1998 (the latest year of data available). BDH focus on the experiences
of civilian working-age men and women aged 25 to 61. This limited age
range avoids confusing reductions in work or income due to disability
with similar reductions due to retirement at older ages or initial transitions
in and out of the labor force related to job shopping at younger ages.
Finally, since the March CPS data include a different sample of households
and individuals in each year, BDH are not able to follow changes in the
employment and income of the same individuals; rather, they report on
how these variables have changed for different but representative samples
of the population with and without disabilities in each year. Although
BDH examine the experiences of both men and women, this Letter summarizes
the findings for men.
Variable definitions. Although BDH examine a large number of
variables, this Letter focuses on four: employment, labor earnings,
public disability transfers, and household income. BDH classify individuals
as employed if they work at least 52 hours annually. Annual labor earnings
are defined as the sum of income from all market sources including primary
and secondary jobs and bonus income. Public disability transfers include
income from Social Security Disability Insurance, Supplemental Security
Income, Veterans' Disability Benefits, and Workers' Compensation. Finally,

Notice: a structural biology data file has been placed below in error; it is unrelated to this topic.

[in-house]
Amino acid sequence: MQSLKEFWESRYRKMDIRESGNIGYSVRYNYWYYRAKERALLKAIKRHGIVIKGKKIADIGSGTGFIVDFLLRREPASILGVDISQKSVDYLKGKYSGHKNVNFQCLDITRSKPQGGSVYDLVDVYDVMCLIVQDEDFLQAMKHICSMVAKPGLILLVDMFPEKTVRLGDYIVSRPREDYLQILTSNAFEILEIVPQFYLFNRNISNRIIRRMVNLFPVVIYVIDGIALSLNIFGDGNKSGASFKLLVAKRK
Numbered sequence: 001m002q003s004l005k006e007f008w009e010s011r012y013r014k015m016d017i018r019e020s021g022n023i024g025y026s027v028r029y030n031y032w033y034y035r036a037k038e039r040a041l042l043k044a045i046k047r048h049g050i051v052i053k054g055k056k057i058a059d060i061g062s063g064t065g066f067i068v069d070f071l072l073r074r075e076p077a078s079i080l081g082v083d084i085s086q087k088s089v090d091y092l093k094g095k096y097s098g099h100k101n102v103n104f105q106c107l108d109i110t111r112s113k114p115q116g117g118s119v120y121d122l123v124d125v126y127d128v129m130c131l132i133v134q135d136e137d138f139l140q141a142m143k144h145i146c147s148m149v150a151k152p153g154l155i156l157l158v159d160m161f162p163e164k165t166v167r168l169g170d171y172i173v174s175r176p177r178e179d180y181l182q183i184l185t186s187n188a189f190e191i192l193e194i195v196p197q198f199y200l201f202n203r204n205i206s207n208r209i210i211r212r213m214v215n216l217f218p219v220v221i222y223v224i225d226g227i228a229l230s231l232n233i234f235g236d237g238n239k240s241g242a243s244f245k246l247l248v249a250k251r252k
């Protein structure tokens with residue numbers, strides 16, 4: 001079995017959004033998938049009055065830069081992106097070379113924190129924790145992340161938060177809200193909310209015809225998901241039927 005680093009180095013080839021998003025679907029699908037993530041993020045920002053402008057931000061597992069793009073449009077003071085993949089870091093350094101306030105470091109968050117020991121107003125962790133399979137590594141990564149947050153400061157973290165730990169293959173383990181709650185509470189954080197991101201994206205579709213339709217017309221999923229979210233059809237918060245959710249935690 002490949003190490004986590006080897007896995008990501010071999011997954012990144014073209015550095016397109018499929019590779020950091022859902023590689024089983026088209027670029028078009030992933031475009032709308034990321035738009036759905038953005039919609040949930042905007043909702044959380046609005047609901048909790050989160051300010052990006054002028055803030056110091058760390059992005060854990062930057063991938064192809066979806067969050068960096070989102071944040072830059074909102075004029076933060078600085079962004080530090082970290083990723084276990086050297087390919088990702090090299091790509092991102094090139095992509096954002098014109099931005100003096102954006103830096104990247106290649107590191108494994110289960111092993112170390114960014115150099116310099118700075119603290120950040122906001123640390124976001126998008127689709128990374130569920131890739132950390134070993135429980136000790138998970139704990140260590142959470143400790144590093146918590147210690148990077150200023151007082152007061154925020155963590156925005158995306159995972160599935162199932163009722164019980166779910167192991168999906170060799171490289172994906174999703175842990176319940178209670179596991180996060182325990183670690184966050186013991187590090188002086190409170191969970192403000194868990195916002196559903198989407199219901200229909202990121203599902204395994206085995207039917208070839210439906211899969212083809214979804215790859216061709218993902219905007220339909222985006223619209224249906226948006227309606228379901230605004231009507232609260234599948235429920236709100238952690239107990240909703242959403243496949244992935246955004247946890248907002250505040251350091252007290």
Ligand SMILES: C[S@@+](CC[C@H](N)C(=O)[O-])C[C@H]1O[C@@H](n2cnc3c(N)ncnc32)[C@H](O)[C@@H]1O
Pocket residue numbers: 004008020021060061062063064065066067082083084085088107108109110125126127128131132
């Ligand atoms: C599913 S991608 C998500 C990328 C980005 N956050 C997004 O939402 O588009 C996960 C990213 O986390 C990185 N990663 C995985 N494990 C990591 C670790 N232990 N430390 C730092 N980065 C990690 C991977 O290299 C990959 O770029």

BDH define household income as the sum of all income received by individuals
living in a single residence. This is annual pre-tax, post-transfer income.
To account for the fact that $20,000 a year provides a higher standard
of living for a single-person household than it does for individuals in
larger households, they adjust household income by an equivalence factor
that accounts for economies of scale within the household. All earnings
and incomes are valued in 1998 dollars using the Consumer Price Index
for urban areas--CPI-UXI.
Employment patterns, 1980-1998
Figure 1 shows
the sensitivity of employment rates to the business cycle (gray bars represent
recessionary periods, NBER dating). During the 1980s the employment of
men with and without disabilities was pro-cyclical, falling with recession
and rising with recovery. In 1980, the first year the economy began to
slow, the employment of those with and without disabilities was relatively
high. Employment for men both with and without disabilities declined as
the economy moved through recession, but rose during the next six years.
In the 1990s, the employment experiences of men with and without disabilities
began to diverge. For men without disabilities, the familiar pro-cyclical
pattern continued: employment fell as the economy moved into recession
in the early 1990s but rebounded over the next seven years of economic
growth (1992-1998). By 1998, the last year of available CPS data, the
employment of men without disabilities was near its 1989 level.
In contrast, the employment pattern of men with disabilities was quite